Students Call for Female Hygiene Dispensers in EHS Restrooms

Simone Vaillancourt, page editor

Several students at Edina High School are petitioning the administration for feminine hygiene product dispensers in girls’ restrooms. Many students were surprised to learn of the absence of such dispensers; though the district middle schools and even some elementary schools have them, there are no dispensers at the high school.

Senior Lily Goldaris has been collaborating with other female students to advocate for the dispensers. Senior Brianna Lee approached Goldaris for help voicing her opinion on the issue, and they have since created online and hard-copy petitions asking that students support their cause. The girls hope to use the petitions as a way to start a conversation with administration regarding the issue.

“The petition for us was a supplement to the proposal we wanted to bring to administration,” Goldaris said. “We noticed that there was such a need for these machines to be installed just due to accessibility.” The girls wanted to give the administration “paper and pen proof” that there was a need and a cause which had garnered student backing.

Several of the students heading up the effort are leaders of GirlUp Edina and the EHS Young Liberals Club. After they proposed the petitions to their clubs, Goldaris said that the issue received immediate support. “A lot of people were ready to sign right away or just asking how else they could help,” she said. Additionally, several students posted information about the petition on their social media. According to Goldaris, the initiative garnered a positive response from both male and female students, and she said that some male students were shocked that the machines were not already installed.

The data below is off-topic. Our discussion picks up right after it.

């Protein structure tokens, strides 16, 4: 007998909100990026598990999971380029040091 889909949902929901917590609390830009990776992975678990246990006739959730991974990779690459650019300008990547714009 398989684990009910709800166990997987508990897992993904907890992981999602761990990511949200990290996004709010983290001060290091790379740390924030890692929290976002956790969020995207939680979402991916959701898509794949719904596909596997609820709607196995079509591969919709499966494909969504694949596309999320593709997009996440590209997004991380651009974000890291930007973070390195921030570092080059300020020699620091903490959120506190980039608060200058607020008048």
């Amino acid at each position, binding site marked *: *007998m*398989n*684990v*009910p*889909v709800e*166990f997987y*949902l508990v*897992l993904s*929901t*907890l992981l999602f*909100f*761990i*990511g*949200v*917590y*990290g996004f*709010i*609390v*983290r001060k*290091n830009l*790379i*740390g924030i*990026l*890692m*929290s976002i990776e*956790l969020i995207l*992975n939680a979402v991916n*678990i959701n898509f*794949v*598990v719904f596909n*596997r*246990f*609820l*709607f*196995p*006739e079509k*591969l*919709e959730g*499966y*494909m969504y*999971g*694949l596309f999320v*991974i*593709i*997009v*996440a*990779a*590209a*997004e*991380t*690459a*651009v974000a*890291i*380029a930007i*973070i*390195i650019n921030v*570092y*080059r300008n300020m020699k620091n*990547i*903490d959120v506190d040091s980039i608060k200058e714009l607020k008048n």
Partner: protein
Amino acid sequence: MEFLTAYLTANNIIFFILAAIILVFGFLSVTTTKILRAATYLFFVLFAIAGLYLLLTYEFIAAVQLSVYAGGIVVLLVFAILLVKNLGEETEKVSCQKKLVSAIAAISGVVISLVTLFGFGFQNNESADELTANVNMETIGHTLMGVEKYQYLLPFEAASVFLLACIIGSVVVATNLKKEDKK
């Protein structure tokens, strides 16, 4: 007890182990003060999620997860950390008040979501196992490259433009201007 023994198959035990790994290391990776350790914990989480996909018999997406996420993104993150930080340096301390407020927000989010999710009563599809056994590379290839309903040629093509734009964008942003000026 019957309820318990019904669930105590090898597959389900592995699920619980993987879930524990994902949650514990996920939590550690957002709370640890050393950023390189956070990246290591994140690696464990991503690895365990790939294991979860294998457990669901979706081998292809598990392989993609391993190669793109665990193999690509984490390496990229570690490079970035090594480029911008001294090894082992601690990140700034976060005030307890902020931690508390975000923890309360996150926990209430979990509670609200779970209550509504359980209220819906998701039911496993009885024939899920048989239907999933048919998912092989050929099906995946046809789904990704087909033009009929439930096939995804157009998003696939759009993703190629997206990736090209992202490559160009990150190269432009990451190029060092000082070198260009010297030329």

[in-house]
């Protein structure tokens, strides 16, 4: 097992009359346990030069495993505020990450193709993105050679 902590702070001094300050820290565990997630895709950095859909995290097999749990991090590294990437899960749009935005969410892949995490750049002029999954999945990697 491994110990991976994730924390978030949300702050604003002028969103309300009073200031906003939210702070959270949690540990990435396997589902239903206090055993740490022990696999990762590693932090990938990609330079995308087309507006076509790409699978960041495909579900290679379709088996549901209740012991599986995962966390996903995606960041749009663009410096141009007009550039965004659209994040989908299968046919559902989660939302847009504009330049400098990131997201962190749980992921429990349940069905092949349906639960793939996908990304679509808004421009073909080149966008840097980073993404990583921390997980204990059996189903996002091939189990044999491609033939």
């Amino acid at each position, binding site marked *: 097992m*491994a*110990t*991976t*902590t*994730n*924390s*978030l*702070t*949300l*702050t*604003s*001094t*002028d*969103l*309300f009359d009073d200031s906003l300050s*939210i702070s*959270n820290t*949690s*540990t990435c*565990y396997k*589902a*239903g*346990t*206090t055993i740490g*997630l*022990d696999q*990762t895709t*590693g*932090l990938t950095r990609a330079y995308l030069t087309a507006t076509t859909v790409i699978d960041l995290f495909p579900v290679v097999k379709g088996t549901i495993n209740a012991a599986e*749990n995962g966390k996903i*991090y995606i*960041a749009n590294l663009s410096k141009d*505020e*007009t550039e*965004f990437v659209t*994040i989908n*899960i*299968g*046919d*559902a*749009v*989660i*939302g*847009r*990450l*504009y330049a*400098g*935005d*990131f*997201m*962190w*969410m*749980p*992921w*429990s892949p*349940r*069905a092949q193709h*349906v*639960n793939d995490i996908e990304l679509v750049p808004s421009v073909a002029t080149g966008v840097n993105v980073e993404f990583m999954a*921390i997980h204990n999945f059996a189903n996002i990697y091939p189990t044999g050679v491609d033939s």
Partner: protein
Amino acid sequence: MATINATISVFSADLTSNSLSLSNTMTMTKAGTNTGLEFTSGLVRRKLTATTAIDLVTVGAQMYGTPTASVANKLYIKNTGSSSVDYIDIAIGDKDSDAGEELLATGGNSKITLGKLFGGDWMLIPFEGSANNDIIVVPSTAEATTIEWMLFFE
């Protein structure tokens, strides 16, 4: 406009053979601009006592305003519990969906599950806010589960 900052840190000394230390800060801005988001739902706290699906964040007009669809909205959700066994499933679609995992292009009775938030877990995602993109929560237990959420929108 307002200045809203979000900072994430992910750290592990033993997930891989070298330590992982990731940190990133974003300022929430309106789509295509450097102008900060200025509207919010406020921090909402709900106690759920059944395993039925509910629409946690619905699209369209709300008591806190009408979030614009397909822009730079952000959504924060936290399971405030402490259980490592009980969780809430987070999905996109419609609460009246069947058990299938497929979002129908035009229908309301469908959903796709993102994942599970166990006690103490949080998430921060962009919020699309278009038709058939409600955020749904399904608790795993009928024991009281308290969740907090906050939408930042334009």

Those involved in coordinating the petition–including Goldaris and Lee–met with Principal Andy Beaton and the school nurse to discuss the problem. The proposed short-term solution was to temporarily stock higher-quality feminine hygiene products in the nurse’s office. However, Goldaris believes that this plan only partly resolves the issue. “It’s not comfortable for younger girls to have approach a staff member, such as the nurse, to ask for tampons or pads. It’s also not convenient to have to run across the school, which is a disadvantage for girls as they are losing valuable class time when trying to obtain these products,” Goldaris said. “We’re also currently trying to find the vendors [who would stock the machines].”

So far, the petition has been signed by 262 students and staff members. Goldaris hopes that it will not only help to get the machines installed, but will empower a broader conversation on the topic. “People have spoken more openly about women’s menstruation in a school setting,” Goldaris said. “While we are the ones actually figuring it out with the administration, we’ve been able to get people excited about it and others willing to hopefully voice their opinions to the administration that this is something that they would like implemented.”

The petition coordinators hope that the machines will be installed in both the girls’ and gender neutral bathrooms throughout the school by the end of the academic year. So far, Goldaris feels that she and her peers are taking the right steps towards resolving the problem. “We want to increase accessibility and increase quality. We want to open a conversation on [this issue] and to start to actually take the steps to get those machines implemented.”